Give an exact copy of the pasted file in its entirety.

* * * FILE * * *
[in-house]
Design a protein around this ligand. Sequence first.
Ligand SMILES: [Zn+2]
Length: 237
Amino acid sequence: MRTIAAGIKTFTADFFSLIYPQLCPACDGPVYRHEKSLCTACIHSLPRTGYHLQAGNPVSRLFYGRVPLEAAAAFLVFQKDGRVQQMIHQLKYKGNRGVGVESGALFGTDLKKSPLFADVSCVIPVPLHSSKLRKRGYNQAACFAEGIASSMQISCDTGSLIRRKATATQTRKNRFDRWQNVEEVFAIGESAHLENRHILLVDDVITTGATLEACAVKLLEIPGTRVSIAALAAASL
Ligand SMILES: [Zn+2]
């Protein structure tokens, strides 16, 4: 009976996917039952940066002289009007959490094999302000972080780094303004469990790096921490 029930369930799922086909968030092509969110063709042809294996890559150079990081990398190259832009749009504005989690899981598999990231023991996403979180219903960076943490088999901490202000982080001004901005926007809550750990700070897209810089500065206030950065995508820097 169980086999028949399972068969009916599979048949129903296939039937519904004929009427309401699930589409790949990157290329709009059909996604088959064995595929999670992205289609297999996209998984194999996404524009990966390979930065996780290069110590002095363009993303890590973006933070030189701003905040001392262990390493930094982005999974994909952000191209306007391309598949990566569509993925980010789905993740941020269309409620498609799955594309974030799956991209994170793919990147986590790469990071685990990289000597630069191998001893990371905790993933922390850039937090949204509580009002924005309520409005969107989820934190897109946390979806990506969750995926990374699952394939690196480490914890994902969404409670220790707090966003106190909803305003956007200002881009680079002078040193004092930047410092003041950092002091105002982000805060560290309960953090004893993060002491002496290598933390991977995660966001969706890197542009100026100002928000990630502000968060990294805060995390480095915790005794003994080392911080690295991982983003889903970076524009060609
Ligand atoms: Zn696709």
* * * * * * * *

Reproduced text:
[in-house]
Design a protein around this ligand. Sequence first.
Ligand SMILES: [Zn+2]
Length: 237
Amino acid sequence: MRTIAAGIKTFTADFFSLIYPQLCPACDGPVYRHEKSLCTACIHSLPRTGYHLQAGNPVSRLFYGRVPLEAAAAFLVFQKDGRVQQMIHQLKYKGNRGVGVESGALFGTDLKKSPLFADVSCVIPVPLHSSKLRKRGYNQAACFAEGIASSMQISCDTGSLIRRKATATQTRKNRFDRWQNVEEVFAIGESAHLENRHILLVDDVITTGATLEACAVKLLEIPGTRVSIAALAAASL
Ligand SMILES: [Zn+2]
């Protein structure tokens, strides 16, 4: 009976996917039952940066002289009007959490094999302000972080780094303004469990790096921490 029930369930799922086909968030092509969110063709042809294996890559150079990081990398190259832009749009504005989690899981598999990231023991996403979180219903960076943490088999901490202000982080001004901005926007809550750990700070897209810089500065206030950065995508820097 169980086999028949399972068969009916599979048949129903296939039937519904004929009427309401699930589409790949990157290329709009059909996604088959064995595929999670992205289609297999996209998984194999996404524009990966390979930065996780290069110590002095363009993303890590973006933070030189701003905040001392262990390493930094982005999974994909952000191209306007391309598949990566569509993925980010789905993740941020269309409620498609799955594309974030799956991209994170793919990147986590790469990071685990990289000597630069191998001893990371905790993933922390850039937090949204509580009002924005309520409005969107989820934190897109946390979806990506969750995926990374699952394939690196480490914890994902969404409670220790707090966003106190909803305003956007200002881009680079002078040193004092930047410092003041950092002091105002982000805060560290309960953090004893993060002491002496290598933390991977995660966001969706890197542009100026100002928000990630502000968060990294805060995390480095915790005794003994080392911080690295991982983003889903970076524009060609
Ligand atoms: Zn696709």